One-Third of Breast Cancer Patients Overdiagnosed
Cancer screenings do not reduce the incidence of advanced tumors.
One of every 3 women who receive a mammogram resulting in a breast cancer diagnosis is treated unnecessarily, according to a study published in Annals of Internal Medicine.
The investigators sought to assess the association between breast cancer screening and the size of detected tumors, and to estimate overdiagnosis defined as the detection of tumors that would not become clinically relevant.
The cohort study measured trends in the incidence of advanced (>20 mm) and nonadvanced (≤20 mm) breast cancer tumors in screened and nonscreened women in Denmark from 1980 to 2010.
Two approaches were used to estimate the amount of overdiagnosis: comparing the incidence of advance and nonadvanced tumors among women aged 50 to 84 years in screening and nonscreening areas; and comparing the incidence for nonadvanced tumors among women aged 35 to 49 years, 50 to 69 years, and 70 to 84 years in screening and nonscreening areas.
The second approach accounted for regional differences in women younger than the screening age.
The results of the study showed screening was not associated with a lower incidence of advanced tumors, and the incidence of nonadvanced tumors increased in the screening versus prescreening periods (incidence rate ratio, 1.49 [95% CI, 1.43 to 1.54]).
Using the first estimation approach, the investigators found that 271 invasive breast cancer tumors and 179 ductal carcinoma in situ (DCIS) lesions were overdiagnosed in 2010 (overdiagnosis rate of 24.4% [including DCIS] and 14.7% [excluding DCIS]).
The second approach revealed that 711 invasive tumors and 180 cases of DCIS were overdiagnosed in 2010 (overdiagnosis rate of 48.3%) [including DCIS] and 38.6% [excluding DCIS]).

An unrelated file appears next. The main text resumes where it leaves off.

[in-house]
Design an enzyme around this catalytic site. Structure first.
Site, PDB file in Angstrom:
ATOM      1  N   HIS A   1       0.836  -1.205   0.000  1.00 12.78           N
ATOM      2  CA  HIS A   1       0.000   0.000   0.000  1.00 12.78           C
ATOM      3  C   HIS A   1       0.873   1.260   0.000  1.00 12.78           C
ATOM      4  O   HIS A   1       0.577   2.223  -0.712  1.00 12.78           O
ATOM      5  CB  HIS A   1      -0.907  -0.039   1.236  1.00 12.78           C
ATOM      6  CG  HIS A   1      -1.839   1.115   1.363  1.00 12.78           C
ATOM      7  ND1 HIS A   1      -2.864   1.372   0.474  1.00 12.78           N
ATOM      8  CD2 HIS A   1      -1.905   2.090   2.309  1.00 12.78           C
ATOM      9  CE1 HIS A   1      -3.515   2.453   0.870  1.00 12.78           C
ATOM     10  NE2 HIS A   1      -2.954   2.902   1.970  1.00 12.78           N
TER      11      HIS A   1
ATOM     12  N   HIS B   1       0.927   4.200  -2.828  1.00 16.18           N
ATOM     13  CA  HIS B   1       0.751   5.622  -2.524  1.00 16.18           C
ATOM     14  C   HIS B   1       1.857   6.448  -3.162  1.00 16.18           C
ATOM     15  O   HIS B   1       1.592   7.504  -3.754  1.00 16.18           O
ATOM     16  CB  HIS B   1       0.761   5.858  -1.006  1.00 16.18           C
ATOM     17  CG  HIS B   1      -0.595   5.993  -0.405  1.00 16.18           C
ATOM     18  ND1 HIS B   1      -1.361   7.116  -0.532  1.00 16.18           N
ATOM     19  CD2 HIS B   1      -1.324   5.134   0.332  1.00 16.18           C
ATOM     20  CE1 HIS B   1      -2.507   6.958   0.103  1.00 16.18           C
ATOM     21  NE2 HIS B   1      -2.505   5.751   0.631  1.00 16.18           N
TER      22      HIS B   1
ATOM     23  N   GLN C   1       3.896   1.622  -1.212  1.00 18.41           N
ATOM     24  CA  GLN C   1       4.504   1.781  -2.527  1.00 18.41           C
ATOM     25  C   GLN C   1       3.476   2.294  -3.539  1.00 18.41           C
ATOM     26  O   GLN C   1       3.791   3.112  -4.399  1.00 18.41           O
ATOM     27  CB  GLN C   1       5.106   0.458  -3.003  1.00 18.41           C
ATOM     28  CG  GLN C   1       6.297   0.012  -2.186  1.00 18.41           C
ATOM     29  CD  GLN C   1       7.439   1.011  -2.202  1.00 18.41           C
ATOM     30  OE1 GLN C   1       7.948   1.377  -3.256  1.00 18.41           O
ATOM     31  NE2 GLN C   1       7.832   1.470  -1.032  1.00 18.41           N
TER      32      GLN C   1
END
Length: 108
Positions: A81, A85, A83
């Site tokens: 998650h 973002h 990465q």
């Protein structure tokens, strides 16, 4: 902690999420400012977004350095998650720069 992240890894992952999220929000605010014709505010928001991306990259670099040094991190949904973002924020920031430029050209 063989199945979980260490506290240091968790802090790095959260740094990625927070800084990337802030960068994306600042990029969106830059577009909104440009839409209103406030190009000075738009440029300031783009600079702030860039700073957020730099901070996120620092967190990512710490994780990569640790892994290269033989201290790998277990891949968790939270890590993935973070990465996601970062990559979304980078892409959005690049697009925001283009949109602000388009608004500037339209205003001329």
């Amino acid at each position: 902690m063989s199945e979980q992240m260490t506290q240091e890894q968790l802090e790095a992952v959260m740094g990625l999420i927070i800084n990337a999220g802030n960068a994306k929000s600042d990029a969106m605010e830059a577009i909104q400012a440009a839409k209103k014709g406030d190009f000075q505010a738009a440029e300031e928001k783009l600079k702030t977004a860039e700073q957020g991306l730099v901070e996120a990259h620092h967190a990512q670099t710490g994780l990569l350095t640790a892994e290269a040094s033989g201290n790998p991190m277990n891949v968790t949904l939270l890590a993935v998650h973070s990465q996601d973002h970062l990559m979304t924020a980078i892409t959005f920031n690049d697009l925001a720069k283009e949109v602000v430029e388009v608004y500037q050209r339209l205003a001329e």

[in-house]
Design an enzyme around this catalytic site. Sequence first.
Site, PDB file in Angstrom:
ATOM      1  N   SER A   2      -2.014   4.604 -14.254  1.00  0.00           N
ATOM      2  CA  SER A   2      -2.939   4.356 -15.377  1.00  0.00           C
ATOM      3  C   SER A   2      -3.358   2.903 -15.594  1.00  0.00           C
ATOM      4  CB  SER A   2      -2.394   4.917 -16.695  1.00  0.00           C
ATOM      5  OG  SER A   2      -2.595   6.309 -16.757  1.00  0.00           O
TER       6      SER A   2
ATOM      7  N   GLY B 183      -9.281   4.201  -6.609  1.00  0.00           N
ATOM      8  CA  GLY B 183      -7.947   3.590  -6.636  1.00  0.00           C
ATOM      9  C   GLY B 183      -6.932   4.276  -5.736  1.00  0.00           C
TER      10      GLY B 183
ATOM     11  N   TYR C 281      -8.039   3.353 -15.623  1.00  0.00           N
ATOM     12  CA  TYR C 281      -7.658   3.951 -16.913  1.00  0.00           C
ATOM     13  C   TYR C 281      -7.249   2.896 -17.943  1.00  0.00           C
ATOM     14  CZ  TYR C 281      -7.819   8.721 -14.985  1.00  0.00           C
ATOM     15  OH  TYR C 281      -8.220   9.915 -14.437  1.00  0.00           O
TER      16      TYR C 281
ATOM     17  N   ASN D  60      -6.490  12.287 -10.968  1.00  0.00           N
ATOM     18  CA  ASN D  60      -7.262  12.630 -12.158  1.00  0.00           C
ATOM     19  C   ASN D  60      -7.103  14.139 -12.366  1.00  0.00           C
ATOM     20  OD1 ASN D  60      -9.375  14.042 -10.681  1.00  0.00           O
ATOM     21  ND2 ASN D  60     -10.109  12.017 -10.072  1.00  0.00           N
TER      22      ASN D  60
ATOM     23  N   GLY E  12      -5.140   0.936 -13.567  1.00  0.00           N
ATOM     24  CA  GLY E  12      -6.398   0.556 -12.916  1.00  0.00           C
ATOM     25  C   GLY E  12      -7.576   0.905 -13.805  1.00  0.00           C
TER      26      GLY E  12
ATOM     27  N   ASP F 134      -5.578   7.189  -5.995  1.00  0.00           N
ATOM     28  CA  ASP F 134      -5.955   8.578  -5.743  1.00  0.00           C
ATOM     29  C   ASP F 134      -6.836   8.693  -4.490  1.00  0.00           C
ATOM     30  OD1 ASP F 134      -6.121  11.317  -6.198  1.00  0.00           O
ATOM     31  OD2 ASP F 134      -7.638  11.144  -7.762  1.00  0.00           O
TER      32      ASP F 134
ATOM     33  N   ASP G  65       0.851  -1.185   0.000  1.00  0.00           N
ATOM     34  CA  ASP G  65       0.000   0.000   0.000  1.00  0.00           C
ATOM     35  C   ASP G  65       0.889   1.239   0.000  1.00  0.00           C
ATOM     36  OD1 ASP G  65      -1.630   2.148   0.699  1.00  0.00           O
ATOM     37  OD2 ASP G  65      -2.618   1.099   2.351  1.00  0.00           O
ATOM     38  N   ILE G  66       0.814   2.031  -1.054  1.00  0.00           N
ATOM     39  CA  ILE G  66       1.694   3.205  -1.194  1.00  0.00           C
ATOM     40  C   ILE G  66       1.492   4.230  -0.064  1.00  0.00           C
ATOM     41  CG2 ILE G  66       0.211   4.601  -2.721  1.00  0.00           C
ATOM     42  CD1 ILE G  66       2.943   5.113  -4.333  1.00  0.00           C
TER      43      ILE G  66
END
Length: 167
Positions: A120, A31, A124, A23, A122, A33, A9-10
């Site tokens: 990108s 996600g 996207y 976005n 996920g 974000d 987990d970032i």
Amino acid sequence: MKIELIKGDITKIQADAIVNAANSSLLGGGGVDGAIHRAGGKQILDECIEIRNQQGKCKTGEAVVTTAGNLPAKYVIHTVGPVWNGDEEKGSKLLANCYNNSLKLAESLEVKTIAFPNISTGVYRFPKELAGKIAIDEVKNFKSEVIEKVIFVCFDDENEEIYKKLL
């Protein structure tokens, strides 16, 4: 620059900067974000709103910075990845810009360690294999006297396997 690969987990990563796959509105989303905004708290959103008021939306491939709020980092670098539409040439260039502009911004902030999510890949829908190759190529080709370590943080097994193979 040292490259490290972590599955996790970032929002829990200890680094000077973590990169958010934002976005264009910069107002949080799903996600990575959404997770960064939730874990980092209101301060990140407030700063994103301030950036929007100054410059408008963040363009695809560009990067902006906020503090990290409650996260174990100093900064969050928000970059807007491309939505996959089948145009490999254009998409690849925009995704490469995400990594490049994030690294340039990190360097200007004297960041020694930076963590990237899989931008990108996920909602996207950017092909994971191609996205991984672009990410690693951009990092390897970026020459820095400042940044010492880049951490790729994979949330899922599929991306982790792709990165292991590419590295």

A limitation to the study was that regional differences can complicate interpretation, the authors noted.
The findings indicated that breast cancer screening was not associated with a reduction in advanced cancer incidence. Furthermore, the results suggest the likelihood that 1 of every 3 invasive tumors and cases of DCIS diagnosed in women offered screening represent overdiagnosis.
In an accompanying editorial, Dr Otis Brawley, chief medical officer of the American Cancer Society, wrote that all tumors cannot be treated the same. Some early tumors can turn lethal, while others shrink or stop growing completely. To assume all small breast lesions have the potential to turn deadly is akin to “racial profiling.”
“By treating all the cancers that we see, we are clearly saving some lives,” Brawley told CNN. “But we’re also ‘curing’ some women who don’t need to be cured.”
Overdiagnosis and false positives can cause women with benign growths to undergo biopsies and other additional follow-up testing. These risks have pushed some experts to reevaluate breast cancer screenings overall, CNN reported.
According to the Agency for Healthcare Research and Quality, mammograms are unable to detect all tumors. However, they can reduce the risk of death by 25% to 31% for women aged 40 to 69 years.